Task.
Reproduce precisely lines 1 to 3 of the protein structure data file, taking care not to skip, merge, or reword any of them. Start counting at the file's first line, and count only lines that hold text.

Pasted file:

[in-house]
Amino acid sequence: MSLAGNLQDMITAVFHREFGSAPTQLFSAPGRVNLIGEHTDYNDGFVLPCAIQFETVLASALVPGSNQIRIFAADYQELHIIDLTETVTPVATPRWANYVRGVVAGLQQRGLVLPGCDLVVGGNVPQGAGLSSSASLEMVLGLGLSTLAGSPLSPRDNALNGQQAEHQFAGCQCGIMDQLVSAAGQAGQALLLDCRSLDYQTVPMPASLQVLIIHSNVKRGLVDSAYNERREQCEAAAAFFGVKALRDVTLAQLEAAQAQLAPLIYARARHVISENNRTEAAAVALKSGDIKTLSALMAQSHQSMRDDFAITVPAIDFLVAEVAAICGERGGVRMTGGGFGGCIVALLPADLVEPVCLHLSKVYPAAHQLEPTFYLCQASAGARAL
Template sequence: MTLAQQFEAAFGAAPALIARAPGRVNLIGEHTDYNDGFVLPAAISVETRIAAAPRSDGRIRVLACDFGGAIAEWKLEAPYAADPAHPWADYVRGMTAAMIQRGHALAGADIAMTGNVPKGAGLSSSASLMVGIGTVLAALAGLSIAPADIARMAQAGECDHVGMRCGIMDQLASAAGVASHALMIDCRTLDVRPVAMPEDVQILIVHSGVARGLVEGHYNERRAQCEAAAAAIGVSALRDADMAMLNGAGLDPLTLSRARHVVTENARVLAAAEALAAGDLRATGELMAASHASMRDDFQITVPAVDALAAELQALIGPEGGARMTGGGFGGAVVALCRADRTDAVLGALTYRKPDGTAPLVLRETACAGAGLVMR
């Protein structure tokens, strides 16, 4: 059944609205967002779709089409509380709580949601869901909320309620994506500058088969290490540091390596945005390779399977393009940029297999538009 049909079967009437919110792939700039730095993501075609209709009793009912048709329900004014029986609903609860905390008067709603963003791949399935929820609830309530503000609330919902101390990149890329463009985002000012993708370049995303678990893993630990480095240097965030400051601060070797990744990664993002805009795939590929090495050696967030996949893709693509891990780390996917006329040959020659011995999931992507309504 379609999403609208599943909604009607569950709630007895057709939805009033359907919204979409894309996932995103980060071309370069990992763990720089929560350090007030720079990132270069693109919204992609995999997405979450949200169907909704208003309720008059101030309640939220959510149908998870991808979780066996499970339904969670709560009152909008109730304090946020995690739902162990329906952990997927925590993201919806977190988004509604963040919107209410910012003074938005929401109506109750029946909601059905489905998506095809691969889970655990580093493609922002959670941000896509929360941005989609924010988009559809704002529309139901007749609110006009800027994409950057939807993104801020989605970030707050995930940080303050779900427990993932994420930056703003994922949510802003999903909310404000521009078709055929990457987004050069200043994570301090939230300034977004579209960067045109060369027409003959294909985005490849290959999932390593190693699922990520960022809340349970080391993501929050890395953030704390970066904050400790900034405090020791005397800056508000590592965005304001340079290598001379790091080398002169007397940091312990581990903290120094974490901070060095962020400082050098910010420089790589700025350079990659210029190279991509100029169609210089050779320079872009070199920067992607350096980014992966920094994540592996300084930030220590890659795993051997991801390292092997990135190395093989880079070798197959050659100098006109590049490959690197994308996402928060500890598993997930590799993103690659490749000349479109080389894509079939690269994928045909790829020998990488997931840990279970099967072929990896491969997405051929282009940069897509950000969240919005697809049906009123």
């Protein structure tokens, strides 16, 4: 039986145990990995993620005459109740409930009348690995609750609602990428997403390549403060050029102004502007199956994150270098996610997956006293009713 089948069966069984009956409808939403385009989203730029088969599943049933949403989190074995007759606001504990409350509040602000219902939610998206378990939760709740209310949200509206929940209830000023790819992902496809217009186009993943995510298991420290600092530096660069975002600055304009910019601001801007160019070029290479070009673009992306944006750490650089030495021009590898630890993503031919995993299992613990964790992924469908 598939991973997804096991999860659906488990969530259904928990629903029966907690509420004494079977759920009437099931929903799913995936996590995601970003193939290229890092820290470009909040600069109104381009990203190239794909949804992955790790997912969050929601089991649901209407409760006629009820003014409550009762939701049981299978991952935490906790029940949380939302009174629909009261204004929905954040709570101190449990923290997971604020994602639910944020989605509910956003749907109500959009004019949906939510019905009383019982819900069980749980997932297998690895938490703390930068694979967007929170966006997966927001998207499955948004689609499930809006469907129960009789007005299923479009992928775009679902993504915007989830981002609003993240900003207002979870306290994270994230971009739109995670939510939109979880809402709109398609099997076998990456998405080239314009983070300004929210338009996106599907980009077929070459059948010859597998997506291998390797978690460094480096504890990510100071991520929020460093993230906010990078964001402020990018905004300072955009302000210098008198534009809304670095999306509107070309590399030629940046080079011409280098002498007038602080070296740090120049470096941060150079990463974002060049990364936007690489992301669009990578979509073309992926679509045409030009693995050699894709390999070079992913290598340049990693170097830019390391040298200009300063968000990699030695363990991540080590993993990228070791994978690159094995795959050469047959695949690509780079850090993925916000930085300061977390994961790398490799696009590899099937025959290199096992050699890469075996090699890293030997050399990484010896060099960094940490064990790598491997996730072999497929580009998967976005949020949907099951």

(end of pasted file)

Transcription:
[in-house]
Amino acid sequence: MSLAGNLQDMITAVFHREFGSAPTQLFSAPGRVNLIGEHTDYNDGFVLPCAIQFETVLASALVPGSNQIRIFAADYQELHIIDLTETVTPVATPRWANYVRGVVAGLQQRGLVLPGCDLVVGGNVPQGAGLSSSASLEMVLGLGLSTLAGSPLSPRDNALNGQQAEHQFAGCQCGIMDQLVSAAGQAGQALLLDCRSLDYQTVPMPASLQVLIIHSNVKRGLVDSAYNERREQCEAAAAFFGVKALRDVTLAQLEAAQAQLAPLIYARARHVISENNRTEAAAVALKSGDIKTLSALMAQSHQSMRDDFAITVPAIDFLVAEVAAICGERGGVRMTGGGFGGCIVALLPADLVEPVCLHLSKVYPAAHQLEPTFYLCQASAGARAL
Template sequence: MTLAQQFEAAFGAAPALIARAPGRVNLIGEHTDYNDGFVLPAAISVETRIAAAPRSDGRIRVLACDFGGAIAEWKLEAPYAADPAHPWADYVRGMTAAMIQRGHALAGADIAMTGNVPKGAGLSSSASLMVGIGTVLAALAGLSIAPADIARMAQAGECDHVGMRCGIMDQLASAAGVASHALMIDCRTLDVRPVAMPEDVQILIVHSGVARGLVEGHYNERRAQCEAAAAAIGVSALRDADMAMLNGAGLDPLTLSRARHVVTENARVLAAAEALAAGDLRATGELMAASHASMRDDFQITVPAVDALAAELQALIGPEGGARMTGGGFGGAVVALCRADRTDAVLGALTYRKPDGTAPLVLRETACAGAGLVMR